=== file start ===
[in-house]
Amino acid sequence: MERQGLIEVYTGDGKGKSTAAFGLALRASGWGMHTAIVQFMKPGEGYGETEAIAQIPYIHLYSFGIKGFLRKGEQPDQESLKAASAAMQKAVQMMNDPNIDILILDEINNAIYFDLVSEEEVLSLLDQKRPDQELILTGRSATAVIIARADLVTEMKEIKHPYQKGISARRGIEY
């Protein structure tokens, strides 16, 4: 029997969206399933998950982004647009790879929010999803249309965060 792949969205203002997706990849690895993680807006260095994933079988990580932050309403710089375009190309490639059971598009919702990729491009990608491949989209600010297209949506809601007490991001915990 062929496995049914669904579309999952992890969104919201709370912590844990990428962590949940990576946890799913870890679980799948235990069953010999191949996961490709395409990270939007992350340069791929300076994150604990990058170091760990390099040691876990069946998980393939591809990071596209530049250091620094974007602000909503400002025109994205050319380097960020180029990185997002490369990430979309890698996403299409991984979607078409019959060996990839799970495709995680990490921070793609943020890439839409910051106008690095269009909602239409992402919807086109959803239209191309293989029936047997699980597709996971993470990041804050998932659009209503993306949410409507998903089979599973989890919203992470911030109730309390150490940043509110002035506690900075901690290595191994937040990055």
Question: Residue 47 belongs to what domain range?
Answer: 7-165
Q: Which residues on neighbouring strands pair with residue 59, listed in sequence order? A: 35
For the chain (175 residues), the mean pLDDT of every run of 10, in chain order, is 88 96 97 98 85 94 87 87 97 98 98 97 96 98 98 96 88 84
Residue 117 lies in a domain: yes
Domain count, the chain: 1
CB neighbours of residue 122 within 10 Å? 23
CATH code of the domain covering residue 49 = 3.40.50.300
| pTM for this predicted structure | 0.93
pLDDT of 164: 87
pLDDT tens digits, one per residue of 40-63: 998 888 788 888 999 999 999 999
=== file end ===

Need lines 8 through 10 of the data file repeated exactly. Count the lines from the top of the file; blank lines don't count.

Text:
Residue 117 lies in a domain: yes
Domain count, the chain: 1
CB neighbours of residue 122 within 10 Å? 23